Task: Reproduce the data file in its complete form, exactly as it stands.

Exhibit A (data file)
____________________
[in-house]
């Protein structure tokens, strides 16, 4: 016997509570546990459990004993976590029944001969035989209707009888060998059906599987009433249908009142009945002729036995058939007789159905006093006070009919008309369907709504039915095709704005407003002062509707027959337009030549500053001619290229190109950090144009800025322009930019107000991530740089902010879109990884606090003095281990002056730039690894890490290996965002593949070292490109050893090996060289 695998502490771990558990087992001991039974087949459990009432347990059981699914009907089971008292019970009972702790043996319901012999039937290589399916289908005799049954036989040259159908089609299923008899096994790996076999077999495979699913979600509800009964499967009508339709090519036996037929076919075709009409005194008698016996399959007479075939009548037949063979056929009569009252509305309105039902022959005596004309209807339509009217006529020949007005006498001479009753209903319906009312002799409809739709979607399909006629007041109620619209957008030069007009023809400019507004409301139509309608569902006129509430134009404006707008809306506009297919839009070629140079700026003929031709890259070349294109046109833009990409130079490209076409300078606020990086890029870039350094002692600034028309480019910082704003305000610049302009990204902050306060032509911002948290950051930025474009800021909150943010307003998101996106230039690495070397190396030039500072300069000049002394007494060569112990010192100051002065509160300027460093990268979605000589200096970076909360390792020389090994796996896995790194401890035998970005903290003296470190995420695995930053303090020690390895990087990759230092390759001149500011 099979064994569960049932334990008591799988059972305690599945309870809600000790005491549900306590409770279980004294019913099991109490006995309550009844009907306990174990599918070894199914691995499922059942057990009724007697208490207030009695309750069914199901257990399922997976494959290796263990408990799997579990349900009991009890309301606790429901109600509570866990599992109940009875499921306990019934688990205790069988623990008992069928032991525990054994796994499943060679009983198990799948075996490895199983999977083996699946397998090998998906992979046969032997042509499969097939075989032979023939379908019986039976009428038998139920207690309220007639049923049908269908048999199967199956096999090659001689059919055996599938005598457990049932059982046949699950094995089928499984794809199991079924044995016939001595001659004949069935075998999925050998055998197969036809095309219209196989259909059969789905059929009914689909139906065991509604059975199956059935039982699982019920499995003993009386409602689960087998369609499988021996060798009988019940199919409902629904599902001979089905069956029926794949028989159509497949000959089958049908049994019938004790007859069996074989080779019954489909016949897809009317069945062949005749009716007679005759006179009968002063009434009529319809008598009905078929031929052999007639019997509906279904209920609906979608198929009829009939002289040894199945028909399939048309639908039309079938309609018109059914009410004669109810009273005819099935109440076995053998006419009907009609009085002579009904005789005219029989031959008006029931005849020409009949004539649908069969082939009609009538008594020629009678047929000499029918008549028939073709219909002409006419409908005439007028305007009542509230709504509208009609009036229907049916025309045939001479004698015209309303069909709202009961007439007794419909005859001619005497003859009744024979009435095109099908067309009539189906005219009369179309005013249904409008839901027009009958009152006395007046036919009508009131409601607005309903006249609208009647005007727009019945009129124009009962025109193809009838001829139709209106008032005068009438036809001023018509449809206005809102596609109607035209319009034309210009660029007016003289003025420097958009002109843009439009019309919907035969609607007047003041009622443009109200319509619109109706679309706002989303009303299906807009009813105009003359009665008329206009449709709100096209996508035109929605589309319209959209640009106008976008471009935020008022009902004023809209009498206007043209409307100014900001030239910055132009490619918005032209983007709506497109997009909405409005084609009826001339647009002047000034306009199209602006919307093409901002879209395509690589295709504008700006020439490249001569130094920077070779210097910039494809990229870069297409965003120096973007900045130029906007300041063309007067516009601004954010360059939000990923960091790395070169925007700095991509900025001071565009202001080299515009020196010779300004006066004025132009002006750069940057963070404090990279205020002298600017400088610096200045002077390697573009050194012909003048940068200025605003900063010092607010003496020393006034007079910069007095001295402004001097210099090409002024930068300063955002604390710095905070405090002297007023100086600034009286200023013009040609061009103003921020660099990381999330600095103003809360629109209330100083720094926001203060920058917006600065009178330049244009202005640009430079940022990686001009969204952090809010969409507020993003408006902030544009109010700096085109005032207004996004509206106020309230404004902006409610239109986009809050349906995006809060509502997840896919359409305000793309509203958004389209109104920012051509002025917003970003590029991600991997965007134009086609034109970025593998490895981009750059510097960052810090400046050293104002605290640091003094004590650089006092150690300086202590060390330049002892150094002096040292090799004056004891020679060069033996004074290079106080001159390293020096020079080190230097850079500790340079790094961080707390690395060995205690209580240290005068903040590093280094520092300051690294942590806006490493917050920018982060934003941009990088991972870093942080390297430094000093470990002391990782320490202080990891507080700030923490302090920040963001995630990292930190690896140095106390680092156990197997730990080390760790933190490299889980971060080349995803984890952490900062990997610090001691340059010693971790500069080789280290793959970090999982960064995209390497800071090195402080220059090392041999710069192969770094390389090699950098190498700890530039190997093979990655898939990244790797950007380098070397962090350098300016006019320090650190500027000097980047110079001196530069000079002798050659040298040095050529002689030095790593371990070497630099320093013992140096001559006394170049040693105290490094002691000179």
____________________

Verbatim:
[in-house]
């Protein structure tokens, strides 16, 4: 016997509570546990459990004993976590029944001969035989209707009888060998059906599987009433249908009142009945002729036995058939007789159905006093006070009919008309369907709504039915095709704005407003002062509707027959337009030549500053001619290229190109950090144009800025322009930019107000991530740089902010879109990884606090003095281990002056730039690894890490290996965002593949070292490109050893090996060289 695998502490771990558990087992001991039974087949459990009432347990059981699914009907089971008292019970009972702790043996319901012999039937290589399916289908005799049954036989040259159908089609299923008899096994790996076999077999495979699913979600509800009964499967009508339709090519036996037929076919075709009409005194008698016996399959007479075939009548037949063979056929009569009252509305309105039902022959005596004309209807339509009217006529020949007005006498001479009753209903319906009312002799409809739709979607399909006629007041109620619209957008030069007009023809400019507004409301139509309608569902006129509430134009404006707008809306506009297919839009070629140079700026003929031709890259070349294109046109833009990409130079490209076409300078606020990086890029870039350094002692600034028309480019910082704003305000610049302009990204902050306060032509911002948290950051930025474009800021909150943010307003998101996106230039690495070397190396030039500072300069000049002394007494060569112990010192100051002065509160300027460093990268979605000589200096970076909360390792020389090994796996896995790194401890035998970005903290003296470190995420695995930053303090020690390895990087990759230092390759001149500011 099979064994569960049932334990008591799988059972305690599945309870809600000790005491549900306590409770279980004294019913099991109490006995309550009844009907306990174990599918070894199914691995499922059942057990009724007697208490207030009695309750069914199901257990399922997976494959290796263990408990799997579990349900009991009890309301606790429901109600509570866990599992109940009875499921306990019934688990205790069988623990008992069928032991525990054994796994499943060679009983198990799948075996490895199983999977083996699946397998090998998906992979046969032997042509499969097939075989032979023939379908019986039976009428038998139920207690309220007639049923049908269908048999199967199956096999090659001689059919055996599938005598457990049932059982046949699950094995089928499984794809199991079924044995016939001595001659004949069935075998999925050998055998197969036809095309219209196989259909059969789905059929009914689909139906065991509604059975199956059935039982699982019920499995003993009386409602689960087998369609499988021996060798009988019940199919409902629904599902001979089905069956029926794949028989159509497949000959089958049908049994019938004790007859069996074989080779019954489909016949897809009317069945062949005749009716007679005759006179009968002063009434009529319809008598009905078929031929052999007639019997509906279904209920609906979608198929009829009939002289040894199945028909399939048309639908039309079938309609018109059914009410004669109810009273005819099935109440076995053998006419009907009609009085002579009904005789005219029989031959008006029931005849020409009949004539649908069969082939009609009538008594020629009678047929000499029918008549028939073709219909002409006419409908005439007028305007009542509230709504509208009609009036229907049916025309045939001479004698015209309303069909709202009961007439007794419909005859001619005497003859009744024979009435095109099908067309009539189906005219009369179309005013249904409008839901027009009958009152006395007046036919009508009131409601607005309903006249609208009647005007727009019945009129124009009962025109193809009838001829139709209106008032005068009438036809001023018509449809206005809102596609109607035209319009034309210009660029007016003289003025420097958009002109843009439009019309919907035969609607007047003041009622443009109200319509619109109706679309706002989303009303299906807009009813105009003359009665008329206009449709709100096209996508035109929605589309319209959209640009106008976008471009935020008022009902004023809209009498206007043209409307100014900001030239910055132009490619918005032209983007709506497109997009909405409005084609009826001339647009002047000034306009199209602006919307093409901002879209395509690589295709504008700006020439490249001569130094920077070779210097910039494809990229870069297409965003120096973007900045130029906007300041063309007067516009601004954010360059939000990923960091790395070169925007700095991509900025001071565009202001080299515009020196010779300004006066004025132009002006750069940057963070404090990279205020002298600017400088610096200045002077390697573009050194012909003048940068200025605003900063010092607010003496020393006034007079910069007095001295402004001097210099090409002024930068300063955002604390710095905070405090002297007023100086600034009286200023013009040609061009103003921020660099990381999330600095103003809360629109209330100083720094926001203060920058917006600065009178330049244009202005640009430079940022990686001009969204952090809010969409507020993003408006902030544009109010700096085109005032207004996004509206106020309230404004902006409610239109986009809050349906995006809060509502997840896919359409305000793309509203958004389209109104920012051509002025917003970003590029991600991997965007134009086609034109970025593998490895981009750059510097960052810090400046050293104002605290640091003094004590650089006092150690300086202590060390330049002892150094002096040292090799004056004891020679060069033996004074290079106080001159390293020096020079080190230097850079500790340079790094961080707390690395060995205690209580240290005068903040590093280094520092300051690294942590806006490493917050920018982060934003941009990088991972870093942080390297430094000093470990002391990782320490202080990891507080700030923490302090920040963001995630990292930190690896140095106390680092156990197997730990080390760790933190490299889980971060080349995803984890952490900062990997610090001691340059010693971790500069080789280290793959970090999982960064995209390497800071090195402080220059090392041999710069192969770094390389090699950098190498700890530039190997093979990655898939990244790797950007380098070397962090350098300016006019320090650190500027000097980047110079001196530069000079002798050659040298040095050529002689030095790593371990070497630099320093013992140096001559006394170049040693105290490094002691000179």